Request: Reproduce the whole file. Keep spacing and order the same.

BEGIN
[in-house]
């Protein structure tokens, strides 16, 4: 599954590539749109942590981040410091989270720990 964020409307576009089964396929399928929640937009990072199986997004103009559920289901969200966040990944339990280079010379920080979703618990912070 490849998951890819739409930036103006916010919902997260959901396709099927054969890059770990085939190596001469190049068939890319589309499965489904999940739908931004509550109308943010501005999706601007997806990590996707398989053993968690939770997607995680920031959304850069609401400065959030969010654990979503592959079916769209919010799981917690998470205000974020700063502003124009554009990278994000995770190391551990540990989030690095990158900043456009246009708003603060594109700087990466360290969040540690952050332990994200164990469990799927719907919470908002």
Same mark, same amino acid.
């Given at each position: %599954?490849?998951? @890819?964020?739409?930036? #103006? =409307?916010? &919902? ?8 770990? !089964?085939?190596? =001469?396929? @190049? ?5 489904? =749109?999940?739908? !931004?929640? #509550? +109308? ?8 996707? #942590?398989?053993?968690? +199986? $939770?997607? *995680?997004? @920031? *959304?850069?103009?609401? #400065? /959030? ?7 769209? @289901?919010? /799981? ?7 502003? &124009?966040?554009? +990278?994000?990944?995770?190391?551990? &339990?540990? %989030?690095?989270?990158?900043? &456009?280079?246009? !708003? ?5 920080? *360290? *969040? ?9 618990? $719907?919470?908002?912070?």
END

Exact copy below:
[in-house]
């Protein structure tokens, strides 16, 4: 599954590539749109942590981040410091989270720990 964020409307576009089964396929399928929640937009990072199986997004103009559920289901969200966040990944339990280079010379920080979703618990912070 490849998951890819739409930036103006916010919902997260959901396709099927054969890059770990085939190596001469190049068939890319589309499965489904999940739908931004509550109308943010501005999706601007997806990590996707398989053993968690939770997607995680920031959304850069609401400065959030969010654990979503592959079916769209919010799981917690998470205000974020700063502003124009554009990278994000995770190391551990540990989030690095990158900043456009246009708003603060594109700087990466360290969040540690952050332990994200164990469990799927719907919470908002």
Same mark, same amino acid.
């Given at each position: %599954?490849?998951? @890819?964020?739409?930036? #103006? =409307?916010? &919902? ?8 770990? !089964?085939?190596? =001469?396929? @190049? ?5 489904? =749109?999940?739908? !931004?929640? #509550? +109308? ?8 996707? #942590?398989?053993?968690? +199986? $939770?997607? *995680?997004? @920031? *959304?850069?103009?609401? #400065? /959030? ?7 769209? @289901?919010? /799981? ?7 502003? &124009?966040?554009? +990278?994000?990944?995770?190391?551990? &339990?540990? %989030?690095?989270?990158?900043? &456009?280079?246009? !708003? ?5 920080? *360290? *969040? ?9 618990? $719907?919470?908002?912070?």